Restoring a +300-year-old, Italian, Stone Masonry Home
The goal was to modernize the thermal efficiency and seismic safety of the house while maintaining the historic and traditional integrity of this beautiful ‘borgo’ (hamlet) home. The construction process took about a year and was completed in February of 2011. At the time, there were two personal income tax breaks available to homeowners for this type of project, both of which were taken advantage of by our client in this case. The first was a general house renovation tax break for 36% of expenses, and the second was for 55% on renovations that enhance the energy performance of the building. As with many historic structures in Italy, there were a number of existing challenges:
Thermal envelope: Because the home is located in a traditional ‘borgo’, two sides of the house share the wall with the neighbors, removing the option of external insulation. In these cases, we used thermal insulating plaster on the interior to resolve thermal bridges that might otherwise cause future problems with mold and condensation.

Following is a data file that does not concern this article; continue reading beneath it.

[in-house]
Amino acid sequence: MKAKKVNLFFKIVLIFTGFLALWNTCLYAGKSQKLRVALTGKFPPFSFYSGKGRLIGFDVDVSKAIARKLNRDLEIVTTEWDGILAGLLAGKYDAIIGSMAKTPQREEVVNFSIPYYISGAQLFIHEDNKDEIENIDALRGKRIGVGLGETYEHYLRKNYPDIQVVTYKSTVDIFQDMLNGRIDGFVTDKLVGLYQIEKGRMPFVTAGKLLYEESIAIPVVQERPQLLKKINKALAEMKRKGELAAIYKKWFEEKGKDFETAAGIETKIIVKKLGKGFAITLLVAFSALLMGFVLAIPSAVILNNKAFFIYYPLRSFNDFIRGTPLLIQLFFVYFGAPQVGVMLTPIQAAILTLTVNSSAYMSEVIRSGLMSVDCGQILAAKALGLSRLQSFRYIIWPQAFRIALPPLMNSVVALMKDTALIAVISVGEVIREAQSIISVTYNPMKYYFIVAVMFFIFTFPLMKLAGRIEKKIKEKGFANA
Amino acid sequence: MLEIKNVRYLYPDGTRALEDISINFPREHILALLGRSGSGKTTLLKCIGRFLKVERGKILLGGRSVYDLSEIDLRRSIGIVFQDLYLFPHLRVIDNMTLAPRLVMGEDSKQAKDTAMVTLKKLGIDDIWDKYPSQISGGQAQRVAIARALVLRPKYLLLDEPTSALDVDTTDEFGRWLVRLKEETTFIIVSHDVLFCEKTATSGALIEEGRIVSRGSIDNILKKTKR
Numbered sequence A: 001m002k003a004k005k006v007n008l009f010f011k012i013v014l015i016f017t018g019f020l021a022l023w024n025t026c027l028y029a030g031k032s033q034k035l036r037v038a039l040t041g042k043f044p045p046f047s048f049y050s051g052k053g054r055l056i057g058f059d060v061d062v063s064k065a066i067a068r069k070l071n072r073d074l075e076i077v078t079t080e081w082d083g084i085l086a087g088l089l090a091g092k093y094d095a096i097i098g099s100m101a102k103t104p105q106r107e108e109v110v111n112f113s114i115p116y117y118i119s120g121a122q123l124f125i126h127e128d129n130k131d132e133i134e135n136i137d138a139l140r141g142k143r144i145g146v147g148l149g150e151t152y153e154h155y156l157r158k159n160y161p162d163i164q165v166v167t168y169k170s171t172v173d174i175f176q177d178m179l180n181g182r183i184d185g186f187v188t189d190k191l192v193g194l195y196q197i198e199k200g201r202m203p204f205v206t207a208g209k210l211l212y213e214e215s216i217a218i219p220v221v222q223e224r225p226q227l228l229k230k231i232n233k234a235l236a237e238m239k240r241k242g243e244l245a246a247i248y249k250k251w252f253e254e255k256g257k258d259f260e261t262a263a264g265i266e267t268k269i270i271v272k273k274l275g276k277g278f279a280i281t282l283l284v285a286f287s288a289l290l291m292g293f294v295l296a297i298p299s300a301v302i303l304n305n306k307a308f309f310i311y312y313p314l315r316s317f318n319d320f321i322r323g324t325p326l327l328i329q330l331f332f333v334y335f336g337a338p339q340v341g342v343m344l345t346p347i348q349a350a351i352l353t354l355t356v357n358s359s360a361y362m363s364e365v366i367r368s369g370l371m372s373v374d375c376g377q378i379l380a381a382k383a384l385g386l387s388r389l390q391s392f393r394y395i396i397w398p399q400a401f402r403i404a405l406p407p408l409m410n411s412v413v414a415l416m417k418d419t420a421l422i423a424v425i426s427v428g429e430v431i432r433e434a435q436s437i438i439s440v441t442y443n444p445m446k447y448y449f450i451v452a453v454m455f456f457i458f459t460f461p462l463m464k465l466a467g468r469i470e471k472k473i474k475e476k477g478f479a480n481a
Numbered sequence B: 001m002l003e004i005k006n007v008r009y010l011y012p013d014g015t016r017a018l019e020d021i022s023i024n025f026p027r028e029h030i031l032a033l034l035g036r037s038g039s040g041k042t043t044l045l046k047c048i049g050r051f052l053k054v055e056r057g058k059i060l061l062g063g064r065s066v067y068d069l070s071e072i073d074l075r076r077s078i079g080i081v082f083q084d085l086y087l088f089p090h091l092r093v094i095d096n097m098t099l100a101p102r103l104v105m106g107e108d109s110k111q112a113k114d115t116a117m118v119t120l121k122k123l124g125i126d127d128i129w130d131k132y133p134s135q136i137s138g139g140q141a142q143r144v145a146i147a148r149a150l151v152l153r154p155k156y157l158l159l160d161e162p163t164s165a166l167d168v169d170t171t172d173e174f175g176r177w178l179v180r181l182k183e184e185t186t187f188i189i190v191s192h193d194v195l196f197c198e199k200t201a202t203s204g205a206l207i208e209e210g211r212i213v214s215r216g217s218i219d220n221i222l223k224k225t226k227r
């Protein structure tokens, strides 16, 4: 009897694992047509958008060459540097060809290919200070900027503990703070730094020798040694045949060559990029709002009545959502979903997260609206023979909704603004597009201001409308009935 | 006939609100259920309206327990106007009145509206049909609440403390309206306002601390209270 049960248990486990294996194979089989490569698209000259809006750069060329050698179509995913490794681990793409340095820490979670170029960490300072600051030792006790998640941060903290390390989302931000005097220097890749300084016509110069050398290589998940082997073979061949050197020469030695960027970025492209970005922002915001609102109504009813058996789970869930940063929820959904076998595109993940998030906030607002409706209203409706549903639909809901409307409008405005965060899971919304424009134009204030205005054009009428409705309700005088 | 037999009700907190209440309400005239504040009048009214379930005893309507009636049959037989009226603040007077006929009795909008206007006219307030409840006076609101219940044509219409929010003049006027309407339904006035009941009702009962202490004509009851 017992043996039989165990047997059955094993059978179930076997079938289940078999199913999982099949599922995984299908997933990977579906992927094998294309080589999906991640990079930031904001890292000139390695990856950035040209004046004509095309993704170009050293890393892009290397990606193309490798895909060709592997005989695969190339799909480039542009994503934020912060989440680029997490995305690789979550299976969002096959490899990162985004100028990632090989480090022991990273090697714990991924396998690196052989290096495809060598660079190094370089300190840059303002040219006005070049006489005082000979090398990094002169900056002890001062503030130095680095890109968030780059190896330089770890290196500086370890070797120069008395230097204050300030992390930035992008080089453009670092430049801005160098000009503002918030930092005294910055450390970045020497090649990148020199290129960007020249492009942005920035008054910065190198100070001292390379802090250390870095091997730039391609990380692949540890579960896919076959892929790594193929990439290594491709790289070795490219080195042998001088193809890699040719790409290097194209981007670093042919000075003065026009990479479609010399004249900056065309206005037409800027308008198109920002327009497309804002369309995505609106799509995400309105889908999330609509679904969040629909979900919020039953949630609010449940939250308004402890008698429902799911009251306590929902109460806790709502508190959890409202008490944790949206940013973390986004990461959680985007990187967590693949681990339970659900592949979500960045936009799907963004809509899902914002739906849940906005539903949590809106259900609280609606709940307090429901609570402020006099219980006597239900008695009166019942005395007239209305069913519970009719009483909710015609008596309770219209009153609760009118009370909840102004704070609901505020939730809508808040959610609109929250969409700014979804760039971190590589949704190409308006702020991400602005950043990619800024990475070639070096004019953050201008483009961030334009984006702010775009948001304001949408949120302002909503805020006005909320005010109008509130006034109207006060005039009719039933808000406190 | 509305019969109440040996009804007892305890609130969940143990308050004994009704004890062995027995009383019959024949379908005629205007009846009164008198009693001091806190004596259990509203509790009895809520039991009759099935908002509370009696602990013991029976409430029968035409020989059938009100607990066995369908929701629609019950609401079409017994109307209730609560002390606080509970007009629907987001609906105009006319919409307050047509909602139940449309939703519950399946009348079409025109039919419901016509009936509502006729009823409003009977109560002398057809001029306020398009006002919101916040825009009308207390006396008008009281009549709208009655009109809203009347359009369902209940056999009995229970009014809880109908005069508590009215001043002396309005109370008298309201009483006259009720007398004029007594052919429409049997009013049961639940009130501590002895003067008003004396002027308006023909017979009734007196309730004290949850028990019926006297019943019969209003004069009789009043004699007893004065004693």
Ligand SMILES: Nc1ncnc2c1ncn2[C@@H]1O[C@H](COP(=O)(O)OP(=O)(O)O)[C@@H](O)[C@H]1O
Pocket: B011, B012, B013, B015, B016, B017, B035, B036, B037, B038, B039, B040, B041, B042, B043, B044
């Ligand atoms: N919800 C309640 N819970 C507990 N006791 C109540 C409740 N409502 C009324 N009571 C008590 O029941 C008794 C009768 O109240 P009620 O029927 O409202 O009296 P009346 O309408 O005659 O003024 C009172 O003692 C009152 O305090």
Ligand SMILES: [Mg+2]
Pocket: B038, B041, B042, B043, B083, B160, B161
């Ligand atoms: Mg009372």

For the stone masonry that faced out, we were able to use an external insulation system (“cappotto” in Italian). In this way, we maintained the beautiful stone work as visible from the interior. Leaving the stone exposed to both the interior and the exterior would not have allowed the building to meet minimum energy performance requirements.
Replacing the roof: The original ceramic tiles of the roof were set aside during the construction process for reuse in the final stages. The structure of the roof, however, was altered considerably. The existing wooden structure needed laminated wood beam reinforcements to meet seismic norm requirements. We added an airtight layer to the roof profile, with a vapor retardant membrane on the inside, that connects with the airtight layers of the perimeter walls (note: in the photo, they had not yet been connected). We added wood fiber insulation, in order to provide for thermal comfort in both winter and summer.